# Hydrogenation at atmospheric pressure in amateur environment

I was planning on doing some small scale hydrogenation practicals at atmospheric pressure (probably from Vogel) and ran into a couple of questions. I will be using the "balloon method" (described in Procter's Advanced Practical Organic Chemistry book) as I consider it an easier technique for small scale reactions than constructing a Brown hydrogenation apparatus. Note that I'm working in an amateur environment (i.e. my home lab which does not have a fumehood). Now for the questions:

• What rule of thumb can be used to determine the amount of catalyst (in these cases $\ce{Pd/C}$) needed per mole of hydrogen used (I suppose these two variables are depending on each other)?
• There are different types of $\ce{Pd/C}$ out there: 3%, 5% or 10% $\ce{Pd}$ by weight, with or without a variable amount of added $\ce{Pb}$, different solvents (mostly I see is water) and also there are different bases available, not just palladium on carbon. I understand that $\ce{Pb}$ is added to poison the catalyst such as with Lindlar catalyst, but if total reduction is required then why would this be necessary? Also how would I decide between 3%, 5% or 10% $\ce{Pd}$ by weight?
• What is an effective method for generating the hydrogen to fill the balloon with? I suppose that normally a pressurized hydrogen tank would be used for this, but I find this overkill for the reaction I'm planning. Furthermore, the use of pressurized hydrogen tanks is not quite without danger and I'm not trained to handle them safely.
• Why would it be required to flush the reaction mixture with an inert gas after the hydrogenation has completed? I understand that this is necessary because the dissolved hydrogen gas can ignite and possibly explode when, while filtering the catalyst, the catalyst spontaneously ignites (e.g. when the catalyst is not suspended enough and direct contact with the atmosphere is possible). However, why is an inert gas advised? What is wrong with ordinary air?
• What is the function of Celite when filtering the catalyst?
• How many times can the $\ce{Pd/C}$ catalyst be reused? How would you spot whether or not your catalyst has become too poisoned to be successfully used in hydrogenation?
• The answer to some (but not all!) of your questions are probably in this video. It's a pretty cool demo of "home lab" hydrogenation. youtube.com/watch?v=oqdDWA9-DSY – Curt F. Mar 4 '15 at 19:13

As far as the catalyst is concerned, 3-5% Pd/C is fine.

What is an effective method for generating the hydrogen to fill the balloon with? I suppose that normally a pressurized hydrogen tank would be used for this, but I find this overkill for the reaction I'm planning. Furthermore, the use of pressurized hydrogen tanks is not quite without danger and I'm not trained to handle them safely.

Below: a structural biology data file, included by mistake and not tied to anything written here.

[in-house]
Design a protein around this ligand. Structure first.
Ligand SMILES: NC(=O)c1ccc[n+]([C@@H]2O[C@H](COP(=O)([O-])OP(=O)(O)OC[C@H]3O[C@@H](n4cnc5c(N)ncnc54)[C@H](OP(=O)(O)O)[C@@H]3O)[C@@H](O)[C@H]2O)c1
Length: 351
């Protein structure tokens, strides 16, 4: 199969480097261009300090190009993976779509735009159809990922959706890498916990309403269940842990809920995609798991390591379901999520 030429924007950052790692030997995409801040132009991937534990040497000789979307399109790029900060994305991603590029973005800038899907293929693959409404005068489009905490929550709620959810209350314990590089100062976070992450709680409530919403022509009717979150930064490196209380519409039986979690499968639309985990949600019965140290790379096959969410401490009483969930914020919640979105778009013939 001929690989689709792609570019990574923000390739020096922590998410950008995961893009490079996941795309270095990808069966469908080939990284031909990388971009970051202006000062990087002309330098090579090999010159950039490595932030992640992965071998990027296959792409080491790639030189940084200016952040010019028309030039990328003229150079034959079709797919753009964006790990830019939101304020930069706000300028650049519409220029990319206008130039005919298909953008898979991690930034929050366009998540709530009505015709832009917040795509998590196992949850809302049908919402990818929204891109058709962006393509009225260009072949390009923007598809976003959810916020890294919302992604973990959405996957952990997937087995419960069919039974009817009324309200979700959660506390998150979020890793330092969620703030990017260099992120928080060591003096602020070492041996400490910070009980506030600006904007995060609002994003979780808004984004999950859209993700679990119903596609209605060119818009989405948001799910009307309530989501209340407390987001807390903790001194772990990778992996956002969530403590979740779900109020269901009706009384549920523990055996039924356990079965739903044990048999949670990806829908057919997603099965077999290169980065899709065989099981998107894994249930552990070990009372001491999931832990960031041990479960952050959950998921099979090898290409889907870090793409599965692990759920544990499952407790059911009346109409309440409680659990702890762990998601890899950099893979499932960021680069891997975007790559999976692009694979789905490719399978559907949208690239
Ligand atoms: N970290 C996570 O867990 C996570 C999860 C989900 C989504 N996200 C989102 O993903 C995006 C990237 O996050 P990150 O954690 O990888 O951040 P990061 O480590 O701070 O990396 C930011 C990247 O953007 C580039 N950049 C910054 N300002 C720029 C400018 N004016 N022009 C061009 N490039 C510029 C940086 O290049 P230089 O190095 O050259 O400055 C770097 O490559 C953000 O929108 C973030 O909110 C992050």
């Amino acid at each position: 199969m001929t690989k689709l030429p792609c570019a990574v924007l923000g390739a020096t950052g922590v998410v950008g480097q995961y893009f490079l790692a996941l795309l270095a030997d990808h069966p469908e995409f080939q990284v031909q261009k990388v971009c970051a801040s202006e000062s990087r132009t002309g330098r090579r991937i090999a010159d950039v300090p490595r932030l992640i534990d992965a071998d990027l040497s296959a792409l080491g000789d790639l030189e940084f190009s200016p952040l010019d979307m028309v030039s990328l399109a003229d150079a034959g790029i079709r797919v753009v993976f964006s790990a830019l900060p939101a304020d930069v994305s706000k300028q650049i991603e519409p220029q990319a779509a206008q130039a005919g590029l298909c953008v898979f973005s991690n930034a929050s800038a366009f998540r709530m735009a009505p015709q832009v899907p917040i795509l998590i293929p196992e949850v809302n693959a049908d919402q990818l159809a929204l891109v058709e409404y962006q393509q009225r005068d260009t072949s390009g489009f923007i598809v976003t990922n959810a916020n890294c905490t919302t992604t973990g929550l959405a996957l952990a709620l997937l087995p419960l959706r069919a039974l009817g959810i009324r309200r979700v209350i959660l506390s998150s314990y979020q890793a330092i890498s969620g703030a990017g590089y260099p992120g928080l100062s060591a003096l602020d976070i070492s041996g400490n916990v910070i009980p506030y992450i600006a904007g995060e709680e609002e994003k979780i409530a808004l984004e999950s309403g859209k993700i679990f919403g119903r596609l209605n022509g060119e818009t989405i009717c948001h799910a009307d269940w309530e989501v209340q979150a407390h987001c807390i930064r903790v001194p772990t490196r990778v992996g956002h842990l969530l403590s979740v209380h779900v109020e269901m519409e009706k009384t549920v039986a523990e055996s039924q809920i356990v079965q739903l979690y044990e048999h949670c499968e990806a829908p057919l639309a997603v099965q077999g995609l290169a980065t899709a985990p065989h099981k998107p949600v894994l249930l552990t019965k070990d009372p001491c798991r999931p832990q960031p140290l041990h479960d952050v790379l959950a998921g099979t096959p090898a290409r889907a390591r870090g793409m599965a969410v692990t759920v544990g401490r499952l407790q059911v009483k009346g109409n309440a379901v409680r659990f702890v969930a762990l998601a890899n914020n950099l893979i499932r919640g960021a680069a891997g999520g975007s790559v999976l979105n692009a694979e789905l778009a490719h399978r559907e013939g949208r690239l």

In the lab, I only used pressurized tanks. While commercial hydrogen generators are available - they are mostly used to generate hydrogen gas as a carrier gas for GC/MS - these things cost a fortune and really would be overkill.

Actually, pressurized tanks are pretty safe if you follow some rules:

• Obviously, you can't attach the pressure regulator and operate the whole thing unless the steel cap over the main valve is removed. Don't start anything unless the tank is secured to the lab bench or the wall with a clamp, a chain or another sturdy contraption that prevents the tank from falling over! You want hydrogenation, not a rocket ;)

• Get familiar with the pressure regulator.

• When you're done, remove the regulator again and put the cap over the main valve. Keep the regulator at a dry and clean place.
• No grease on the threads!

When operated with a bit of common sense, a small pressurized tank is the most convenient option.

What is the function of Celite when filtering the catalyst?

When you filter off the catalyst, you'll typically use a suction filter with a base of sintered glass (fritted glass). Palladium on charcoal is a very fine powder that will clog the fritted glass. A pad of Celite in the suction will prevent this. Celite is cheap, suction filters are not!

• Thanks for your answer! Could you perhaps also address the other points? I cannot really accept it as an answer to the question if not the entire question is addressed. – Jori Mar 6 '15 at 12:45

Make sure you do not have any flames, anything which makes sparks or other sources of ignition near you when you do hydrogenation.

I have done plenty of hydrogenations at atmospheric preassure, I tend to use a gas burrete to follow the reaction. It is possible to see the change of rate when you consume all of the vinyl groups and then start to react a trisubsistuted alkene.

I would suggest that you consider using the nickel cataylst which is formed from nickel chloride and sodium borohydride, I have found it is a cheap and nice cataylst. It also is less pyrophoric than many other cataylsts when it has been exposed to hydrogen and is then exposed to air.

I have found that the easy way to do it is to take a 50 ml burette and turn it upside down, stuff a bung in it with a hole connected to a rubber tube which goes to a separation funnel. Put copper sulfate solution in the funnel. The blue colour makes it easy to read it more quickly and stops things growing in the water. The other end of the burette needs to be connected to the reaction flask.